Monday, August 24, 2009

Huh, I have a comic with Woodgod. I would not have bet on that.

If the Hulk has that much trouble with radio, the Teen Brigade's twitters are going to boggle him.
Actually, that's not quite true: I'm pretty sure I have an old Marvel Team-Up or reprint of same with Woodgod. Possibly drawn by John Byrne, before he was JOHN BYRNE, y'know? Well, we're looking at a different comic, anyway. The Incredible Hulk #252, "The Changelings!" Script by Bill Mantlo, art by Sal Buscema. I should mention up front, I didn't start paying much attention to the Hulk until Byrne's run; and I had for years an unreasonable dislike of Sal Buscema, because I thought he had replaced Walt Simonson on Thor. (It wasn't like Walt was replaced, he stepped down to writing the book instead of writing and drawing.)
Wait, the Changelings can't be that much stronger than actual animals; so how did they work over Doc Samson so bad?
The story opens with the Hulk (classic, dumb Hulk) arriving at the hunting cabin of General 'Thunderbolt' Ross, to help his friend Rick Jones; and instead finding a savagely beaten Doc Samson on the floor. The 'changelings' came, took Ross and Hulk's friends Betty, Fred, and Rick; and mopped the floor with Samson. Hulk isn't impressed.

Meanwhile, the satyr-like Woodgod and his people take their captives to their hidden village. Woodgod had set out to capture another changeling, Viperus, but took prisoners when Ross shot one of his men. At the village, Leoninus, who couldn't be more evil if he had a Snydely Whiplash mustache, forments dissent against Woodgod, demanding the humans' execution.
'We came from Scream, and to Scream we would return.'  Poor Kevin Williamson.
Woodgod recaps his origin for the humans, involving his 'parents,' who were apparently genetic engineers that also happened to have a barn full of nerve gas. Great double major, there. After the normos and his folks died, eventually Woodgod learned to use their equipment to make the Changelings, all of whom have boring names like Neptunus and Goatus. To be fair, they are animals, so it probably is asking too much for them to come up with names on the level of He-Man bad guys.

Even though it's not my favorite run of Hulk, I do have a good pile of Bill Mantlo's run; and I think this shows up more than a couple times: a secret, often abandoned government base; with weird or dangerous experiments that were probably dangerous enough before the locals got wind of them, formed an angry mob, and shot up the place. (Something similar happened in the last Mantlo issue I looked at here.) As a general rule of thumb in fiction, whenever the angry mob card is played, it's an example of ugly humanity falling victim to its worst prejudices and probably hounding an innocent. Conversely, if the townspeople laugh off the trouble as mere superstition, there's something mind-numbingly terrible out there. Buy your torches and rake-things accordingly.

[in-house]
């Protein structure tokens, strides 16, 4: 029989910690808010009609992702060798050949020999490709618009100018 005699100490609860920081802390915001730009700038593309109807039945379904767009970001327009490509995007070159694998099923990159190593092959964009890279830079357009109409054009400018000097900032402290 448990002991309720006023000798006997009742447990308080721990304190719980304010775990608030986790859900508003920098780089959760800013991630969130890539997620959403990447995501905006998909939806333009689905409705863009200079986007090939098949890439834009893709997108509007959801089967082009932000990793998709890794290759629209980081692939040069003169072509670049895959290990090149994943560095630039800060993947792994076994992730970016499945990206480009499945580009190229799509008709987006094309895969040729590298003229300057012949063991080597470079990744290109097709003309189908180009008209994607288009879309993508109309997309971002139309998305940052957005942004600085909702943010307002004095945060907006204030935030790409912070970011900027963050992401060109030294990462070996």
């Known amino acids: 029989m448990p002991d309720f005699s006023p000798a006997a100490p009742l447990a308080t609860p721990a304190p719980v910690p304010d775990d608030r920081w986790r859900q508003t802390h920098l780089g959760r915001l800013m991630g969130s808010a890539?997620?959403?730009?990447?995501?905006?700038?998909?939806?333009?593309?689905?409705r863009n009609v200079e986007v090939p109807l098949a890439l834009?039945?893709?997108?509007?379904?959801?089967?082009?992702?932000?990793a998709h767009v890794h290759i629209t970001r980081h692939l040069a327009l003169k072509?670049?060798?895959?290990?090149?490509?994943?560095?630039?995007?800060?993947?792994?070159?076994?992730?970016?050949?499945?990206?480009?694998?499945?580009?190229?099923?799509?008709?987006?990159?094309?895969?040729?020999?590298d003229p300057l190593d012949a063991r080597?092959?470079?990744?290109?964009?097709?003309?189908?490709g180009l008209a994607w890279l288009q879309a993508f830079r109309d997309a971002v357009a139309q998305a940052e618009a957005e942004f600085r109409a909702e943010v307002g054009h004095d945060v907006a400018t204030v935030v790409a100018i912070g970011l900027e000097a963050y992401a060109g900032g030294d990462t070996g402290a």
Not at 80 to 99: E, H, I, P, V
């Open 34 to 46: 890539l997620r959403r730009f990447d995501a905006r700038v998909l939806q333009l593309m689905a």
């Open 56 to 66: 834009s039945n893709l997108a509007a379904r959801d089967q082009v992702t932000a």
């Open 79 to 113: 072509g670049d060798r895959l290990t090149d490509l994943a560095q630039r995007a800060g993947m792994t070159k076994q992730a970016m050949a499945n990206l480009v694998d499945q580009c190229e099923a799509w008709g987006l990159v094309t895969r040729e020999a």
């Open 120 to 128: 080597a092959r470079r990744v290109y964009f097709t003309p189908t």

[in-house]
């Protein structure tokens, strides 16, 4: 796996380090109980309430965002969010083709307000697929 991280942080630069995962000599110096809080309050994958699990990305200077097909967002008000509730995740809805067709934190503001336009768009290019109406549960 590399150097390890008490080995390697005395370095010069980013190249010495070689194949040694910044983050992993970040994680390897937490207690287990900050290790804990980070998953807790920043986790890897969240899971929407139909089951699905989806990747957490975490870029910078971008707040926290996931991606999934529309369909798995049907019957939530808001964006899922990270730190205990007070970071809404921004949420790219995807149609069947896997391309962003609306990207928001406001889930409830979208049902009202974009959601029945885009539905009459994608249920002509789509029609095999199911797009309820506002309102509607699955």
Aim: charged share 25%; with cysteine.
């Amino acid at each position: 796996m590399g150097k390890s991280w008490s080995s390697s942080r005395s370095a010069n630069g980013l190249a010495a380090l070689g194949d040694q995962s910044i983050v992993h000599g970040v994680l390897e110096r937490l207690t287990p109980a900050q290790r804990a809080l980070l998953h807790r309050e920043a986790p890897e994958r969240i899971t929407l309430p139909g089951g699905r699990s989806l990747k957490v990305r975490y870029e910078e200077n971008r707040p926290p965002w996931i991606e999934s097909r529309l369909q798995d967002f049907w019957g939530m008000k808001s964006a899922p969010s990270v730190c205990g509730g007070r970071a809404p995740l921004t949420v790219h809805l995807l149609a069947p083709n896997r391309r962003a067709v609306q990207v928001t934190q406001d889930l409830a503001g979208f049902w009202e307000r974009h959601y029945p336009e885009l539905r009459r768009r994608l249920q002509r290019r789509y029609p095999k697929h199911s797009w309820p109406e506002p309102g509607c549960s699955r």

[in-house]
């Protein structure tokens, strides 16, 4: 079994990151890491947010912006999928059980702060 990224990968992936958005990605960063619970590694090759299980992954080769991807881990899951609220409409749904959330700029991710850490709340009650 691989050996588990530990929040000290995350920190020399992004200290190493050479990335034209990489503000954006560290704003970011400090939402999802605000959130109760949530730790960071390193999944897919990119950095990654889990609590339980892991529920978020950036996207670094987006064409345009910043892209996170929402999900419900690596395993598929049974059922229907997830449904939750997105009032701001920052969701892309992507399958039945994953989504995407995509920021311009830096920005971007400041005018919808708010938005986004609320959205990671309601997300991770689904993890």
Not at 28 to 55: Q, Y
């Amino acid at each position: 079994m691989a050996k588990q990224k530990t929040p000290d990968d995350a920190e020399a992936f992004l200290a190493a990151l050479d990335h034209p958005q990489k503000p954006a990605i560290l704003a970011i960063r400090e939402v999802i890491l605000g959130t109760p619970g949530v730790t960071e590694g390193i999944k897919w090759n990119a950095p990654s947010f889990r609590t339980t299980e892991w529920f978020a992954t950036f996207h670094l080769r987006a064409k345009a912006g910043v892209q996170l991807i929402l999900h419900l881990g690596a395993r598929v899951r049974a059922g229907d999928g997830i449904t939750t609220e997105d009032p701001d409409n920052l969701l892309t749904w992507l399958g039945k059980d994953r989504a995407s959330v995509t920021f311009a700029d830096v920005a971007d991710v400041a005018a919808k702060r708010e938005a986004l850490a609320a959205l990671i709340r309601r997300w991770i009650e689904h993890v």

How did Woodgod make a fish guy that looks like he's 70, is the question.
Back on topic: the Hulk makes his way up to the village, and gets attacked by Neptunus, who looks like General Ross playing the Little Mermaid's dad in the school play. Kinda surprised the Hulk didn't kick his fish-ass extra hard, then. When Hulk arrives at the village, the Changelings are human enough to freak the hell out and attack without asking questions.
Seriously, the Hulk has to introduce the Changelings to the world of pants.
As the fight brews, Siren--not the one from X-Factor, this one's a topless bird-girl--is distracted by Leoninus, who poisons a healing potion, that Woodgod then gives to the wounded Centauron. Meanwhile, the Hulk learns, mess with the bull, you get the horns. Hopefully the horns, since I don't like the way he's...frankly, mounted the Hulk there.

Hulk gets kicked through a wall, to Fred, Betty, and Rick; all of whom are ungrateful dicks, and tell the Hulk he's just making it worse, that they will be freed when Centauron recovers.
You 'thought'? Hey everybody, get a load of 'A Beautiful Mind' here!
Hulk is already pretty steamed, when Thunderbolt Ross wakes up, dazed, but still denouncing the Hulk as "a vicious, murdering monster." (We won't reopen the debate on whether or not the Hulk has a huge bodycount in his wake, thanks.) By the time man-goat, I mean Woodgod, joins the pantsless animal-man pile-on, the Hulk has had enough of this crap, and stomps off. Screw you guys, I'm going home.
Worst petting zoo ever!
Of course, then things really get out of hand: Centauron dies, Leoninus shows up with his own crew of Changelings, and Betty, Rick, and the rest are good and screwed now.
The Hulk was three states away, before he realized he wasn't mad at Betty... I suspect Mantlo, creator of Woodgod, had larger story plans for the character, but I'm not sure he ever took off. I do suspect it's just a matter of time before someone dusts him off for his own MAX book or something, at the very least to keep the copyrights alive. And this is like the second or third comic in the last week or two I've blogged without reading the concluding issues; so I may have to do something about that.


SallyP said...

Gah, Sal Buscema! I simply love John Buscema, who actually knew how to draw, but Sal has to be one of my least favorite artists.

googum said...

I'm ok with Sal now, for the most part. Still, I don't remember being fond of his Spider-Man days, either...

CalvinPitt said...

Sal Buscema's work is something I'm Ok with. Don't hate, certainly don't love it, but you can pretty much count on him to make sure the art gets across the point of the story.

Provided that point doesn't require subtlety, of course.